Micheal Martin named new Irish prime minister in historic coalition
Updated 16:50, 28-Jun-2020

Ireland's parliament picked veteran opposition leader Micheal Martin as prime minister on Saturday to head the first ever coalition uniting the two parties that have battled each other for power since a civil war nearly a century ago.

It will also be the first time in Ireland's history that a prime minister role of a government will be played on a rotating basis, according to local media reports.

Martin's election follows months of negotiations between his party, Fine Gael, and the Green Party, to reach an agreement following elections in February, before the onset of the coronavirus crisis.

He pledged to rescue Ireland from the "the fastest-moving recession ever to hit," brought on by the coronavirus crisis.


Following the general election on February 8, Fianna Fail won 38 seats in the 160-seat lower house, followed by Sinn Fein (37 seats), Fine Gael (35 seats) and Green Party (12 seats), with the remaining seats going to other smaller parties and independents.

As both Fianna Fail and Fine Gael refused to enter a government with Sinn Fein, a left-wing party in Ireland, they both turned to Green Party in the belief that such a combination can ensure a sustainable government to a maximum possible extent.

Under the novel agreement, Martin is expected to step aside half way through the five-year term to allow Fine Gael's leader, outgoing Prime Minister Leo Varadkar, to return to the post.

"There is no question what our most urgent work is. There is no community, no part of our country which has escaped untouched" by coronavirus," Martin told a special sitting of lawmakers, held in Dublin's large Convention Center as the houses of parliament are too small for social distancing.

To overcome the recession "we must act with urgency and ambition," said Martin, close to tears as he thanked his family who were unable to travel from his native Cork due to coronavirus restrictions due to be eased on Monday.

He was elected by 93 votes to 63 after also securing support from some independent members of parliament.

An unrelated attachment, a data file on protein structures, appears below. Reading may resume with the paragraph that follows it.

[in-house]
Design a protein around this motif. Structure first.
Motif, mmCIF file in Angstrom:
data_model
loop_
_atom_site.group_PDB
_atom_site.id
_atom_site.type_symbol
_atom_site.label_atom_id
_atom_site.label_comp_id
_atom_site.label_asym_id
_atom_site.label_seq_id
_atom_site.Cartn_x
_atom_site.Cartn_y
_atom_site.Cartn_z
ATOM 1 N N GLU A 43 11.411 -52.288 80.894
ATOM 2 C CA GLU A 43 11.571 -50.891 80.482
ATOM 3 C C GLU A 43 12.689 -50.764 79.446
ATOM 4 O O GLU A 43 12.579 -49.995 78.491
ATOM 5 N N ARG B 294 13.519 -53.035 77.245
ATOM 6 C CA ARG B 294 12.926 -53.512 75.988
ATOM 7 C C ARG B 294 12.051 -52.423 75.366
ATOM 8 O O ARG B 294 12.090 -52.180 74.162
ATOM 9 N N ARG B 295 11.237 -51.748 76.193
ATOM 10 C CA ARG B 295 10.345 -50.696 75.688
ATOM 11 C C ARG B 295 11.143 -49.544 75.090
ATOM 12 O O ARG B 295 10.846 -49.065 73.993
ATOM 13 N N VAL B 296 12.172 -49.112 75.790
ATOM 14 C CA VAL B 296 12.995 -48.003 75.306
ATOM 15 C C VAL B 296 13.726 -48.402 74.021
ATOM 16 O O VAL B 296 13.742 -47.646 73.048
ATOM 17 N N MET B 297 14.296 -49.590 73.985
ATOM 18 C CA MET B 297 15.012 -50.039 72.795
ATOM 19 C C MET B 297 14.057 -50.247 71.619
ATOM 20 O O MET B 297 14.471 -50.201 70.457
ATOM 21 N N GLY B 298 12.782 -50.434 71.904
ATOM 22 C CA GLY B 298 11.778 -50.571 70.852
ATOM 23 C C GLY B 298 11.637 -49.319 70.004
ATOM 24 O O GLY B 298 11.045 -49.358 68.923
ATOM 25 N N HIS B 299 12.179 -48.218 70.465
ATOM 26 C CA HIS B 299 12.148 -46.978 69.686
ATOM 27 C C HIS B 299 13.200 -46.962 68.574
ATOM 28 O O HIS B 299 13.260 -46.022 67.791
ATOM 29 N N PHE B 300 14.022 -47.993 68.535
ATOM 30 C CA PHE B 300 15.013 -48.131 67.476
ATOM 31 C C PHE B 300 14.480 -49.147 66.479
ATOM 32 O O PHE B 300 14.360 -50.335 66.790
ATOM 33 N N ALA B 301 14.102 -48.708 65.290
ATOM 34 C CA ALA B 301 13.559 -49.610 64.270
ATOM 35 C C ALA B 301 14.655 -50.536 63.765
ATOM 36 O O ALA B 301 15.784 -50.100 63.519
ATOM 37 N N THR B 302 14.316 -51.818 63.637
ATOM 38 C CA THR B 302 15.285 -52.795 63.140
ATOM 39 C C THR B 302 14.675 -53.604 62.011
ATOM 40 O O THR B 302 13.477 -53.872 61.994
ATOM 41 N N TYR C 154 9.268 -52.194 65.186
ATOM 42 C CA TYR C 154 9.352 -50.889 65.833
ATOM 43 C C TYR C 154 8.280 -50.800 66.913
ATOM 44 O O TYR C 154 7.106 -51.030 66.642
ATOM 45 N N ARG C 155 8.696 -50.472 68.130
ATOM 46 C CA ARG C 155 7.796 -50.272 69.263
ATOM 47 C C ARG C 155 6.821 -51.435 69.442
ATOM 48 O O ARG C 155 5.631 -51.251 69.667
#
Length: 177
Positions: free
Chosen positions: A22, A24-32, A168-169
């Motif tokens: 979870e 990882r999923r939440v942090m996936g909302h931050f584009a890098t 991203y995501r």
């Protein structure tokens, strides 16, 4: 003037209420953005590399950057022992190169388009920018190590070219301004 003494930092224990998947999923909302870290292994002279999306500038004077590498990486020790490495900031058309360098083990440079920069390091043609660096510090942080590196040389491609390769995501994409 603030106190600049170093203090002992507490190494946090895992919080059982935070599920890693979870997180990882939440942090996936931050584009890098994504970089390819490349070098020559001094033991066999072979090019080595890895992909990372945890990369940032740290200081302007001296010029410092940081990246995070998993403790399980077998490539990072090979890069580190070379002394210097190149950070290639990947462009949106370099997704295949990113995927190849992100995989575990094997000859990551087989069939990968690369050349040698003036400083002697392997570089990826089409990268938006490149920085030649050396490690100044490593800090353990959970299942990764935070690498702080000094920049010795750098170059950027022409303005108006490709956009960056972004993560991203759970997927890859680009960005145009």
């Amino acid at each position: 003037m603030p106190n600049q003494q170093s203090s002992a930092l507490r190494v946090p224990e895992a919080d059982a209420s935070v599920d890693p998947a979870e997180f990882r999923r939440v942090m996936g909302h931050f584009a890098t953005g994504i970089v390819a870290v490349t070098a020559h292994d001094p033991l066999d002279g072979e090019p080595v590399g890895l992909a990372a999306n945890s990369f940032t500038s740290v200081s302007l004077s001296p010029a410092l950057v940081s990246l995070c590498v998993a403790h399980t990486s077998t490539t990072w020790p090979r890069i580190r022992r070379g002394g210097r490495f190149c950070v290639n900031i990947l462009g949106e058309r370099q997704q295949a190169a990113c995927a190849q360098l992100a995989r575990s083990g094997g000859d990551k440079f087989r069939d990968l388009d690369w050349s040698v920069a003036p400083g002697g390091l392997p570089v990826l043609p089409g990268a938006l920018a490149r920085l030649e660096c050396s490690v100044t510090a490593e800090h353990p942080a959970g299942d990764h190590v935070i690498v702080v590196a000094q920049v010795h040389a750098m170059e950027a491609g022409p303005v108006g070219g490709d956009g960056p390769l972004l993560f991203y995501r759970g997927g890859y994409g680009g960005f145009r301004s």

Election posters are displayed on lampposts outside the Irish Prime Minister offices in Dublin, Ireland, February 7, 2020. /AP

Election posters are displayed on lampposts outside the Irish Prime Minister offices in Dublin, Ireland, February 7, 2020. /AP

The appointment represented a turnaround for Fianna Fail and Martin, who was a member of the government that signed up to an EU/IMF bailout a decade ago and led to an unprecedented 2011 electoral collapse just after he took over as leader.

The 59-year-old former history teacher, who has held several senior ministries including health, trade, foreign affairs and education, faces another economic crisis with 26 percent of the country either temporarily or permanently unemployed.

The jobless rate was just 4.8 percent when the election was fought in very different circumstances in February. The main issue then was over how to allot the spoils of what was Europe's fastest growing economy.

Instead Martin will oversee a stimulus package next month for the sectors hardest hit by the coronavirus lockdown.

The new coalition will also split Irish politics along more explicitly ideological lines than in the past, with Sinn Fein taking over as the main opposition. Though Fianna Fail and Fine Gael emerged from opposite sides in civil war in the 1920s, they have mainly pushed similar centrist agendas for decades.

Sinn Fein, the former political wing of the Irish Republican Army that fought an insurgency against British rule of Northern Ireland, shocked the political establishment in February by securing the most votes with a call for more generous social programs. It has 37 seats in the 160-seat parliament, the same number as Fianna Fail and two more than Fine Gael.

"You will no longer get it all your own way," Sinn Fein leader Mary Lou McDonald told the two parties.

(With input from Xinhua, Reuters)